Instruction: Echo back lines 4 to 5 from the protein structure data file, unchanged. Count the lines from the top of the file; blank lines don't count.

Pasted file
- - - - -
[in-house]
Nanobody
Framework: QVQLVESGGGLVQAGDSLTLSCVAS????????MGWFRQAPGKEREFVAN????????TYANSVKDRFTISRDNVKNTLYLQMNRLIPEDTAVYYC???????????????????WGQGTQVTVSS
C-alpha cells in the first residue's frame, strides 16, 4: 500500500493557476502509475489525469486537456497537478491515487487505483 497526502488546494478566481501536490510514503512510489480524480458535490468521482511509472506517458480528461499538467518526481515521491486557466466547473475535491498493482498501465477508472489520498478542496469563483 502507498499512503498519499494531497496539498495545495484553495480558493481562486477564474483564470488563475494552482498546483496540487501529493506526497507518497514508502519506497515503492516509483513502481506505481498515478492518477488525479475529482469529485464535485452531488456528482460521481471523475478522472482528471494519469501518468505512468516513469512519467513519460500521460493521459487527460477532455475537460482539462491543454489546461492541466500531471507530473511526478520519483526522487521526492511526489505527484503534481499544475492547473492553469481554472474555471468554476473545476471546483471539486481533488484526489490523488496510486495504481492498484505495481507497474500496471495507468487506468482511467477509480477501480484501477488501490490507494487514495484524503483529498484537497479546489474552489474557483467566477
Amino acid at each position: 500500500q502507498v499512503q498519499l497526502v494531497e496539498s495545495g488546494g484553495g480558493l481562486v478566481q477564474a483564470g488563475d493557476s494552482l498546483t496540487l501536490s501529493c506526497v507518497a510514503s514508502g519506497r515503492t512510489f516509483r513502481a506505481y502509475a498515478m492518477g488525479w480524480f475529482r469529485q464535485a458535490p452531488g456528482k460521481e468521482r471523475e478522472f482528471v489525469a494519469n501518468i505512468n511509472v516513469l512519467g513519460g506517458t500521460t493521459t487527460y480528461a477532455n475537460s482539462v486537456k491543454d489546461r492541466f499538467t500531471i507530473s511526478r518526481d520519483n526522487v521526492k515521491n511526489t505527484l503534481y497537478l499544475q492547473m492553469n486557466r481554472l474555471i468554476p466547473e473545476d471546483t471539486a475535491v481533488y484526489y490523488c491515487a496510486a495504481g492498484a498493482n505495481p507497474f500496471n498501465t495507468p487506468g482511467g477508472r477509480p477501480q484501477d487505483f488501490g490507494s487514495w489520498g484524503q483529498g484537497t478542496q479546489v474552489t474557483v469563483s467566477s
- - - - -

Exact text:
C-alpha cells in the first residue's frame, strides 16, 4: 500500500493557476502509475489525469486537456497537478491515487487505483 497526502488546494478566481501536490510514503512510489480524480458535490468521482511509472506517458480528461499538467518526481515521491486557466466547473475535491498493482498501465477508472489520498478542496469563483 502507498499512503498519499494531497496539498495545495484553495480558493481562486477564474483564470488563475494552482498546483496540487501529493506526497507518497514508502519506497515503492516509483513502481506505481498515478492518477488525479475529482469529485464535485452531488456528482460521481471523475478522472482528471494519469501518468505512468516513469512519467513519460500521460493521459487527460477532455475537460482539462491543454489546461492541466500531471507530473511526478520519483526522487521526492511526489505527484503534481499544475492547473492553469481554472474555471468554476473545476471546483471539486481533488484526489490523488496510486495504481492498484505495481507497474500496471495507468487506468482511467477509480477501480484501477488501490490507494487514495484524503483529498484537497479546489474552489474557483467566477
Amino acid at each position: 500500500q502507498v499512503q498519499l497526502v494531497e496539498s495545495g488546494g484553495g480558493l481562486v478566481q477564474a483564470g488563475d493557476s494552482l498546483t496540487l501536490s501529493c506526497v507518497a510514503s514508502g519506497r515503492t512510489f516509483r513502481a506505481y502509475a498515478m492518477g488525479w480524480f475529482r469529485q464535485a458535490p452531488g456528482k460521481e468521482r471523475e478522472f482528471v489525469a494519469n501518468i505512468n511509472v516513469l512519467g513519460g506517458t500521460t493521459t487527460y480528461a477532455n475537460s482539462v486537456k491543454d489546461r492541466f499538467t500531471i507530473s511526478r518526481d520519483n526522487v521526492k515521491n511526489t505527484l503534481y497537478l499544475q492547473m492553469n486557466r481554472l474555471i468554476p466547473e473545476d471546483t471539486a475535491v481533488y484526489y490523488c491515487a496510486a495504481g492498484a498493482n505495481p507497474f500496471n498501465t495507468p487506468g482511467g477508472r477509480p477501480q484501477d487505483f488501490g490507494s487514495w489520498g484524503q483529498g484537497t478542496q479546489v474552489t474557483v469563483s467566477s